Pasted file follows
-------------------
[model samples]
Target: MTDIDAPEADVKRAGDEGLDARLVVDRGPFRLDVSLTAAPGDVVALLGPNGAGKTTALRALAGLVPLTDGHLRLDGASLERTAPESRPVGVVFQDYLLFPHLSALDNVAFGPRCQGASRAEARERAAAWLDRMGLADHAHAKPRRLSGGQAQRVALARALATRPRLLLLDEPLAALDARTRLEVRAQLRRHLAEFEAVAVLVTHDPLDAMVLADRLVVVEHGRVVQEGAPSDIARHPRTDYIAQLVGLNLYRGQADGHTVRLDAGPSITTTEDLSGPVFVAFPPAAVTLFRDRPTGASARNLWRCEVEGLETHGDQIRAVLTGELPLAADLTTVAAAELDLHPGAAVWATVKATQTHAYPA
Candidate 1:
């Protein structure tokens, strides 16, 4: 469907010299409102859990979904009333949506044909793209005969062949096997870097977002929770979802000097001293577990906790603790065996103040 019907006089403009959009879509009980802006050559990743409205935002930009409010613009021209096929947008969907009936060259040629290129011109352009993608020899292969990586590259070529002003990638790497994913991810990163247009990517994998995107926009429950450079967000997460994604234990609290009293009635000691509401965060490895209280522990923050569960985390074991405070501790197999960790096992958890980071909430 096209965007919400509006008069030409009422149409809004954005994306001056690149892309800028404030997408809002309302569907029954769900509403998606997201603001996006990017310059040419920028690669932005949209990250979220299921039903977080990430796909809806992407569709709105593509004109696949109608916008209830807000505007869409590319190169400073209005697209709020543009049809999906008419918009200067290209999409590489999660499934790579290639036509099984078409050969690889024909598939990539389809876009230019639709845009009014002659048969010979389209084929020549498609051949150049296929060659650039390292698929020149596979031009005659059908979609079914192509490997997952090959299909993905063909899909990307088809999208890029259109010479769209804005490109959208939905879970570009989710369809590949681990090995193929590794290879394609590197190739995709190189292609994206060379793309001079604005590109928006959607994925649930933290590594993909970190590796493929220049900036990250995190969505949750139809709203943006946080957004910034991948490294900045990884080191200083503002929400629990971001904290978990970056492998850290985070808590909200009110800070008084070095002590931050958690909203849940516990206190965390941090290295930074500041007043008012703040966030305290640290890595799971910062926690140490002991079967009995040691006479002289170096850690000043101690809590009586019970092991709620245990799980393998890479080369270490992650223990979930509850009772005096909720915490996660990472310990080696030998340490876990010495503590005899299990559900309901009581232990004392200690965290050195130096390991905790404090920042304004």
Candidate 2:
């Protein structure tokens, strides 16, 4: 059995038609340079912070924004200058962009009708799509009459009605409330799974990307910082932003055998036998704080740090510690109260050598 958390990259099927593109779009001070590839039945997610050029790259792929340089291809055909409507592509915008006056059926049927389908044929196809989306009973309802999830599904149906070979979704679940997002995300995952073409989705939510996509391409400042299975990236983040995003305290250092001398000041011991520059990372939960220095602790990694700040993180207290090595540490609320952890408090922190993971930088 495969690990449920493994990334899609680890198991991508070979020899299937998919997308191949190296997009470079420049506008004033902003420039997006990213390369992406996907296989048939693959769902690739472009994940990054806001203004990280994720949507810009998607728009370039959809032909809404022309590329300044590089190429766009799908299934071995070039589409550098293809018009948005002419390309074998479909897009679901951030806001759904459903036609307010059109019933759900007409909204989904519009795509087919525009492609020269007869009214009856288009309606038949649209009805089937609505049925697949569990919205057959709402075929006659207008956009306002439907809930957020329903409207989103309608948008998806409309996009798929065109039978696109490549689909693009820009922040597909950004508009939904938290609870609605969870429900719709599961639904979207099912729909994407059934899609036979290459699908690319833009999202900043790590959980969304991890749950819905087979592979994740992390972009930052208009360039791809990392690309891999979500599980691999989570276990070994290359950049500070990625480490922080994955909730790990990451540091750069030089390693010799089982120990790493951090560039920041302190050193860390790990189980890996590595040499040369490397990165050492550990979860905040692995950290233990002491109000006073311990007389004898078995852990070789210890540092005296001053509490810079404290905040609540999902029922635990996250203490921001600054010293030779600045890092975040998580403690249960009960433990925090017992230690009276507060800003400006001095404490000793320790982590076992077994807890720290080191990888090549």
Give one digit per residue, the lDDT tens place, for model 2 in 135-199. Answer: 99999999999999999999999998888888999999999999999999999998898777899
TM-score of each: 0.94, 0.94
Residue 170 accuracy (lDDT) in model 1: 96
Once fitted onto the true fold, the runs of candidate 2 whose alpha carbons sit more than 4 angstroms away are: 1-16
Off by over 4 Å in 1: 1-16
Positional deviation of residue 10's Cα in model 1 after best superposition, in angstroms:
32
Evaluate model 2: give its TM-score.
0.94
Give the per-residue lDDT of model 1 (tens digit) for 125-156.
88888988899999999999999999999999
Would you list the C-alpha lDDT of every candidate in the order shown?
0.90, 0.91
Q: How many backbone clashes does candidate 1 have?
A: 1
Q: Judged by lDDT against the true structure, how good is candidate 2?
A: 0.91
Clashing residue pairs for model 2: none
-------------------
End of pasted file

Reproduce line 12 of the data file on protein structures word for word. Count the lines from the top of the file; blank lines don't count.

Positional deviation of residue 10's Cα in model 1 after best superposition, in angstroms: